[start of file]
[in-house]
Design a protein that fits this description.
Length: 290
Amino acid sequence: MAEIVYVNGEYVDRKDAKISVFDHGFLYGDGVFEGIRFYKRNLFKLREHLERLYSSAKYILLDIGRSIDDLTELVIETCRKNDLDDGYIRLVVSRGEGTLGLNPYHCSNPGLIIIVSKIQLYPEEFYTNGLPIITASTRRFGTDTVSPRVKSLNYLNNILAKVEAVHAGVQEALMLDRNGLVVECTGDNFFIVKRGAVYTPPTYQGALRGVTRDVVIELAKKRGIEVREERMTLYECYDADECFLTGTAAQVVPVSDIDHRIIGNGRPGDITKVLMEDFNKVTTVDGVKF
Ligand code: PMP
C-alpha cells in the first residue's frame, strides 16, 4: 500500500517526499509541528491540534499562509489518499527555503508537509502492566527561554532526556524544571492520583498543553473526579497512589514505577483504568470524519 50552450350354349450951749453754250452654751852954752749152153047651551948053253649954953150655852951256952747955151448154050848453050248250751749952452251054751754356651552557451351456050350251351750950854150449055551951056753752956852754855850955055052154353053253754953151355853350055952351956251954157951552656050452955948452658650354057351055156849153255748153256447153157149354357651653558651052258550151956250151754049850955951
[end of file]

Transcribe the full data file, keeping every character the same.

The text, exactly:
[in-house]
Design a protein that fits this description.
Length: 290
Amino acid sequence: MAEIVYVNGEYVDRKDAKISVFDHGFLYGDGVFEGIRFYKRNLFKLREHLERLYSSAKYILLDIGRSIDDLTELVIETCRKNDLDDGYIRLVVSRGEGTLGLNPYHCSNPGLIIIVSKIQLYPEEFYTNGLPIITASTRRFGTDTVSPRVKSLNYLNNILAKVEAVHAGVQEALMLDRNGLVVECTGDNFFIVKRGAVYTPPTYQGALRGVTRDVVIELAKKRGIEVREERMTLYECYDADECFLTGTAAQVVPVSDIDHRIIGNGRPGDITKVLMEDFNKVTTVDGVKF
Ligand code: PMP
C-alpha cells in the first residue's frame, strides 16, 4: 500500500517526499509541528491540534499562509489518499527555503508537509502492566527561554532526556524544571492520583498543553473526579497512589514505577483504568470524519 50552450350354349450951749453754250452654751852954752749152153047651551948053253649954953150655852951256952747955151448154050848453050248250751749952452251054751754356651552557451351456050350251351750950854150449055551951056753752956852754855850955055052154353053253754953151355853350055952351956251954157951552656050452955948452658650354057351055156849153255748153256447153157149354357651653558651052258550151956250151754049850955951